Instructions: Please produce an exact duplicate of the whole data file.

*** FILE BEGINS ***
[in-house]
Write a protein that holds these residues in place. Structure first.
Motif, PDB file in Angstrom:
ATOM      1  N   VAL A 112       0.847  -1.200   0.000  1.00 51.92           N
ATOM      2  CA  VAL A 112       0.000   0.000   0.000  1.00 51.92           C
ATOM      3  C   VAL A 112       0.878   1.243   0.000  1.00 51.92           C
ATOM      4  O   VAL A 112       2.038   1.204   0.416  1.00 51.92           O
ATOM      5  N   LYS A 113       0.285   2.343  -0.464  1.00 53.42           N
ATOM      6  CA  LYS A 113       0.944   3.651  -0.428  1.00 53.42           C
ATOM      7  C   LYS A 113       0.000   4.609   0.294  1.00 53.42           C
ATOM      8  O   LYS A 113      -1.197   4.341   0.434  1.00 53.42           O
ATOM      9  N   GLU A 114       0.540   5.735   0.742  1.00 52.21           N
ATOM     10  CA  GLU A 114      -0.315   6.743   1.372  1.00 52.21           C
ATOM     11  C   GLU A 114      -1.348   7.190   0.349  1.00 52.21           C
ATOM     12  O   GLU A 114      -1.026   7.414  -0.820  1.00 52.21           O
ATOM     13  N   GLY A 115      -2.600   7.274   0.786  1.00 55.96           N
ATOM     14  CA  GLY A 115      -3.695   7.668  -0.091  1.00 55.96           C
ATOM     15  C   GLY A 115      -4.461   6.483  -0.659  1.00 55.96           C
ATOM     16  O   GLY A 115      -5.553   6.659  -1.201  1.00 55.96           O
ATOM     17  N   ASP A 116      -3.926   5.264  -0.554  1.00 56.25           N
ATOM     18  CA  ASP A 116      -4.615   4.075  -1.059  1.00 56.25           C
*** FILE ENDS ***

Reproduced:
[in-house]
Write a protein that holds these residues in place. Structure first.
Motif, PDB file in Angstrom:
ATOM      1  N   VAL A 112       0.847  -1.200   0.000  1.00 51.92           N
ATOM      2  CA  VAL A 112       0.000   0.000   0.000  1.00 51.92           C
ATOM      3  C   VAL A 112       0.878   1.243   0.000  1.00 51.92           C
ATOM      4  O   VAL A 112       2.038   1.204   0.416  1.00 51.92           O
ATOM      5  N   LYS A 113       0.285   2.343  -0.464  1.00 53.42           N
ATOM      6  CA  LYS A 113       0.944   3.651  -0.428  1.00 53.42           C
ATOM      7  C   LYS A 113       0.000   4.609   0.294  1.00 53.42           C
ATOM      8  O   LYS A 113      -1.197   4.341   0.434  1.00 53.42           O
ATOM      9  N   GLU A 114       0.540   5.735   0.742  1.00 52.21           N
ATOM     10  CA  GLU A 114      -0.315   6.743   1.372  1.00 52.21           C
ATOM     11  C   GLU A 114      -1.348   7.190   0.349  1.00 52.21           C
ATOM     12  O   GLU A 114      -1.026   7.414  -0.820  1.00 52.21           O
ATOM     13  N   GLY A 115      -2.600   7.274   0.786  1.00 55.96           N
ATOM     14  CA  GLY A 115      -3.695   7.668  -0.091  1.00 55.96           C
ATOM     15  C   GLY A 115      -4.461   6.483  -0.659  1.00 55.96           C
ATOM     16  O   GLY A 115      -5.553   6.659  -1.201  1.00 55.96           O
ATOM     17  N   ASP A 116      -3.926   5.264  -0.554  1.00 56.25           N
ATOM     18  CA  ASP A 116      -4.615   4.075  -1.059  1.00 56.25           C